October 30, 2000
U.S. Congress Bows to WTO Mandate
Our National Sovereignty is Violated
An extraordinary event occurred this week in Washington during the final days of the 106th Congress, an event that did not receive comment in either the media or the halls of Congress, save for my office. This event had been termed "unthinkable" only a few months earlier. It occurred despite clear constitutional prohibitions and at the expense of our precious national sovereignty. For the first time in the history of our country, Congress voted to change our domestic laws because an international body told us to do so. The World Trade Organization (WTO) has begun to dictate American laws.
More specifically, Congress voted to change our tax laws relating to Foreign Sales Corporations (FSCs), solely because the WTO appellate panel deemed that our FSC tax rules constituted a "subsidy" - the EU contingent in the WTO had brought a complaint to the panel. Our FSC rules simply allow U.S. corporations to exempt a small portion of income earned abroad from taxes. No "subsidy" is involved; no tax dollars are given to FSCs. Moreover, most EU countries do not tax their corporations on any income earned abroad. Still, the appellate panel agreed with the EU and gave the U.S an October 1st deadline to change our tax laws.
I have opposed our membership in the WTO throughout my tenure in Congress. I strongly support true free trade, which occurs in the absence of government tariffs. The WTO, however, represents the worst form of government-managed trade.
More importantly, however, our involvement in the WTO threatens national sovereignty. The Constitution clearly vests the power to regulate trade solely with Congress, and Congress cannot cede with mandates in areas such as environmental protections, worker rights, and trade policy. Congress either blindly or willfully chose to ignore this very serious constitutional conflict when it voted in favor of WTO membership. However, a Congressional Research Service report was quite clear about the consequences of our membership: "As a member of the WTO, the United States does commit to act in accordance with the rules of the multi-lateral body. It is legally obligated to insure that national laws do not conflict with WTO rules," (emphasis added).
Earlier this year I sought to address this terrible threat to our sovereignty by introducing a resolution withdrawing us from the WTO. I explained my concerns in a brief to the House Ways and Means trade subcommittee, pointing out the unconstitutionality of our involvement. I warned that the WTO could begin dictating our environmental, labor, and tax laws. These arguments were met with hostility and condescension. Subcommittee members stated that we need the WTO to avoid "trade wars," and that the U.S. Congress would never change our domestic laws to satisfy the WTO. "Unthinkable" was how one member put it. Judging by this week's vote, the "unthinkable" has become reality.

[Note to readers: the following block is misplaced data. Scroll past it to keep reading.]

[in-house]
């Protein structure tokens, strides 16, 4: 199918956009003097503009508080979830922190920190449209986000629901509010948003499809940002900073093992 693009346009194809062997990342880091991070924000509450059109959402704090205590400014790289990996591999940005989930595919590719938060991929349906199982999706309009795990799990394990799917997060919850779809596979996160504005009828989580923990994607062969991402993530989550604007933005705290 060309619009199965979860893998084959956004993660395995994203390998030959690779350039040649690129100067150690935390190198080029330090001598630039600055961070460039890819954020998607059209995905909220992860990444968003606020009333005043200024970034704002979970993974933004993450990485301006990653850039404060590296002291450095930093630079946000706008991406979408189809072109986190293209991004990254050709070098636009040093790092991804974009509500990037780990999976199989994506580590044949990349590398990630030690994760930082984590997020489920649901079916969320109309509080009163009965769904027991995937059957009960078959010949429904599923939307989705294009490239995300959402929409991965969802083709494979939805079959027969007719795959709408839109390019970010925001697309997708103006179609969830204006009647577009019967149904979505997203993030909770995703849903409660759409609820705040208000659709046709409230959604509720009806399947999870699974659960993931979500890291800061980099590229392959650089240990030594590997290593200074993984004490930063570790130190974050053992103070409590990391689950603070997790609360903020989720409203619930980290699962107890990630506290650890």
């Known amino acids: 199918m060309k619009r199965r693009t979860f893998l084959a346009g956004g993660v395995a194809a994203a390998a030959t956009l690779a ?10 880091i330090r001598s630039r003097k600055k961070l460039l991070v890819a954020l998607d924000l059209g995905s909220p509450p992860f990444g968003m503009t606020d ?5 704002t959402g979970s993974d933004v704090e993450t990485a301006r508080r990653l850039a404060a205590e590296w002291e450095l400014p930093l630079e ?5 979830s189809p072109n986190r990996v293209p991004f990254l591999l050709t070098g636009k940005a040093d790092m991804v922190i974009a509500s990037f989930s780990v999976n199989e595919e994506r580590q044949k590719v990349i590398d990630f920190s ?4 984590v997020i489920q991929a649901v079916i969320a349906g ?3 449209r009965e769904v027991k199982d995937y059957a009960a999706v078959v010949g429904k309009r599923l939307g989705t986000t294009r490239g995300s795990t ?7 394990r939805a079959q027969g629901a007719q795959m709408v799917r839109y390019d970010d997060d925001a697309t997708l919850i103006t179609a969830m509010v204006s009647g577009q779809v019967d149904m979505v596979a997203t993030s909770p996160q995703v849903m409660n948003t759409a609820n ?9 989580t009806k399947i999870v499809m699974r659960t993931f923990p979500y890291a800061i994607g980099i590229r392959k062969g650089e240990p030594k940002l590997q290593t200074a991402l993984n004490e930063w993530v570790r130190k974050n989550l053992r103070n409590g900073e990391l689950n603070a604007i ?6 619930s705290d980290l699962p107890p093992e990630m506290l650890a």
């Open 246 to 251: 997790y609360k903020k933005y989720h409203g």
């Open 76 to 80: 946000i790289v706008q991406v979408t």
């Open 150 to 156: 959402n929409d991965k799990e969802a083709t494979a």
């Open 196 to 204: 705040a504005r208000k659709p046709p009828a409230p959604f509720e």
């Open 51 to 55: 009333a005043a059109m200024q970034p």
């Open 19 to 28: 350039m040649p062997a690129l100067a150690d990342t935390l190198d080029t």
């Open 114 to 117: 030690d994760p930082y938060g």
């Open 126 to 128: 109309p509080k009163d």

We should never change our national laws at the behest of any international organization. Congress simply has ceded its legislative authority to the WTO, and it is shameful that this action likely will go unnoticed by the American people. If we want to help American businesses, we should simply stop taxing their foreign income. The FSC measure will not appease the Europeans; the EU already has indicated that the changes are unsatisfactory to them. We stand on the brink of a retaliatory trade war with the EU, even though we were told that the WTO was needed to avoid such conflicts. So the WTO has given us the worst of all worlds.
Rest assured that the WTO assault on American sovereignty will not end here. What will happen when the Europeans object to another area of our tax laws? Will we change the way we tax individuals also? Perhaps the Europeans will object to our relatively liberal immigration laws, because they resent losing their talented citizens to America. Whatever the issue, the threat remains the same. Americans who care about sovereignty have every reason to be outraged.